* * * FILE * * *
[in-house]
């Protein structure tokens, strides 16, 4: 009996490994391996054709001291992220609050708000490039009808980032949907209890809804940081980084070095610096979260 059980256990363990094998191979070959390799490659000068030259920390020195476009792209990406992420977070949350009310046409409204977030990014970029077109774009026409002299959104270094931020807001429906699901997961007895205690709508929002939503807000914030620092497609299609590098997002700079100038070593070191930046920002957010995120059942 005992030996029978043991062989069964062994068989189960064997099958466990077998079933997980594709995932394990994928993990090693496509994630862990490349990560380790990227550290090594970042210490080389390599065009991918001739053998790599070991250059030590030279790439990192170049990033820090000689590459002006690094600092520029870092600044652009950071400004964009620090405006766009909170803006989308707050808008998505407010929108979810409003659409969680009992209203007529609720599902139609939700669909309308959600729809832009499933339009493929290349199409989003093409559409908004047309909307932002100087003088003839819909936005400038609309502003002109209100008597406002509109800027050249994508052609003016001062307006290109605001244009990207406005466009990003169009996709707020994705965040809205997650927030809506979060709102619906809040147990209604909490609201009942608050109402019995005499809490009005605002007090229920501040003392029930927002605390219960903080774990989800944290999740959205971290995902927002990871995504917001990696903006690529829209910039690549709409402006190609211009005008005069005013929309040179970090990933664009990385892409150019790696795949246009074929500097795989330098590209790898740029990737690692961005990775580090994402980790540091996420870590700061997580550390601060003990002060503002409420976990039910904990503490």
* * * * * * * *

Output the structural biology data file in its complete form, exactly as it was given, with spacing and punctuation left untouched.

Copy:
[in-house]
């Protein structure tokens, strides 16, 4: 009996490994391996054709001291992220609050708000490039009808980032949907209890809804940081980084070095610096979260 059980256990363990094998191979070959390799490659000068030259920390020195476009792209990406992420977070949350009310046409409204977030990014970029077109774009026409002299959104270094931020807001429906699901997961007895205690709508929002939503807000914030620092497609299609590098997002700079100038070593070191930046920002957010995120059942 005992030996029978043991062989069964062994068989189960064997099958466990077998079933997980594709995932394990994928993990090693496509994630862990490349990560380790990227550290090594970042210490080389390599065009991918001739053998790599070991250059030590030279790439990192170049990033820090000689590459002006690094600092520029870092600044652009950071400004964009620090405006766009909170803006989308707050808008998505407010929108979810409003659409969680009992209203007529609720599902139609939700669909309308959600729809832009499933339009493929290349199409989003093409559409908004047309909307932002100087003088003839819909936005400038609309502003002109209100008597406002509109800027050249994508052609003016001062307006290109605001244009990207406005466009990003169009996709707020994705965040809205997650927030809506979060709102619906809040147990209604909490609201009942608050109402019995005499809490009005605002007090229920501040003392029930927002605390219960903080774990989800944290999740959205971290995902927002990871995504917001990696903006690529829209910039690549709409402006190609211009005008005069005013929309040179970090990933664009990385892409150019790696795949246009074929500097795989330098590209790898740029990737690692961005990775580090994402980790540091996420870590700061997580550390601060003990002060503002409420976990039910904990503490």